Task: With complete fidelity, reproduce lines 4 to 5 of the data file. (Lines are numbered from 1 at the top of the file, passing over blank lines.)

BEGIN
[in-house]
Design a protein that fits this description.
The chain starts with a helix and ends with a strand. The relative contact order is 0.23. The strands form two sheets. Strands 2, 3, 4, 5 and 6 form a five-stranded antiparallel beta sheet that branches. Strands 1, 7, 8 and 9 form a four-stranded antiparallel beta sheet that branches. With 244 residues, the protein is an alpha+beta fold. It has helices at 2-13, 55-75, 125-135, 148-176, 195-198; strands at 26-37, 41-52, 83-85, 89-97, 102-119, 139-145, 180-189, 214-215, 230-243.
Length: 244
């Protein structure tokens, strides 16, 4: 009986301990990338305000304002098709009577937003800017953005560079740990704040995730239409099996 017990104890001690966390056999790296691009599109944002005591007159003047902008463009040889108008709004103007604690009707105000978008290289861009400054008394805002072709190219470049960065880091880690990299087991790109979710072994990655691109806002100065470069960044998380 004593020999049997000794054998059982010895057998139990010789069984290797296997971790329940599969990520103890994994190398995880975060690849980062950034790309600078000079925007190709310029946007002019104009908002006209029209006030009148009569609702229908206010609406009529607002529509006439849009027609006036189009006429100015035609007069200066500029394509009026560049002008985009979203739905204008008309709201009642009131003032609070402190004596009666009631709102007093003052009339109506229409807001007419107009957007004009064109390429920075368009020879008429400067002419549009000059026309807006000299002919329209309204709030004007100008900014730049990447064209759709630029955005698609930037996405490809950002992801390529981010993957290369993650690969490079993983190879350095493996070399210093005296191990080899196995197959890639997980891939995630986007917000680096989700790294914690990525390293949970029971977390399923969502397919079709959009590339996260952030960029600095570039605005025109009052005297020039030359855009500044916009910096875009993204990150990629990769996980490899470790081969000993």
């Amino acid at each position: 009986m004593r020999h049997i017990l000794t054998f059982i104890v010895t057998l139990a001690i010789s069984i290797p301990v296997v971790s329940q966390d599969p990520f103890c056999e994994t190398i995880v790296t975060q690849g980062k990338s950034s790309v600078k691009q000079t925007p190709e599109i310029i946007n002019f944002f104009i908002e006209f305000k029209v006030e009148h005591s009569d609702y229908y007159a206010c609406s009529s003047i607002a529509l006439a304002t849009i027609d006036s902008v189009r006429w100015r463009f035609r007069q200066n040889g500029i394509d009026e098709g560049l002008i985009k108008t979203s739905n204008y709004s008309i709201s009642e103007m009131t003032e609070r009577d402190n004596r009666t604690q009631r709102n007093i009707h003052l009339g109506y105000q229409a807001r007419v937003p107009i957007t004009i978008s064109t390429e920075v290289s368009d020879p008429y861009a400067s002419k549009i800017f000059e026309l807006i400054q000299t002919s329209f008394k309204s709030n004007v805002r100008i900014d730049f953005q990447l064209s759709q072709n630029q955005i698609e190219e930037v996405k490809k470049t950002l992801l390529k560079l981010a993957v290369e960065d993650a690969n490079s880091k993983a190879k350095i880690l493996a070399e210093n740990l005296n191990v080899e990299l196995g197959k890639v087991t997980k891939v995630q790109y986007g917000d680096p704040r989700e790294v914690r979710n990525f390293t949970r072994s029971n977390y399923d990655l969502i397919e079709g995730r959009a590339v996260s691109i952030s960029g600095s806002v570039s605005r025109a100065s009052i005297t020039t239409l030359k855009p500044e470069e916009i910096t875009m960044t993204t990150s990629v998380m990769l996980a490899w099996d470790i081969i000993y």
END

Length: 244
């Protein structure tokens, strides 16, 4: 009986301990990338305000304002098709009577937003800017953005560079740990704040995730239409099996 017990104890001690966390056999790296691009599109944002005591007159003047902008463009040889108008709004103007604690009707105000978008290289861009400054008394805002072709190219470049960065880091880690990299087991790109979710072994990655691109806002100065470069960044998380 004593020999049997000794054998059982010895057998139990010789069984290797296997971790329940599969990520103890994994190398995880975060690849980062950034790309600078000079925007190709310029946007002019104009908002006209029209006030009148009569609702229908206010609406009529607002529509006439849009027609006036189009006429100015035609007069200066500029394509009026560049002008985009979203739905204008008309709201009642009131003032609070402190004596009666009631709102007093003052009339109506229409807001007419107009957007004009064109390429920075368009020879008429400067002419549009000059026309807006000299002919329209309204709030004007100008900014730049990447064209759709630029955005698609930037996405490809950002992801390529981010993957290369993650690969490079993983190879350095493996070399210093005296191990080899196995197959890639997980891939995630986007917000680096989700790294914690990525390293949970029971977390399923969502397919079709959009590339996260952030960029600095570039605005025109009052005297020039030359855009500044916009910096875009993204990150990629990769996980490899470790081969000993």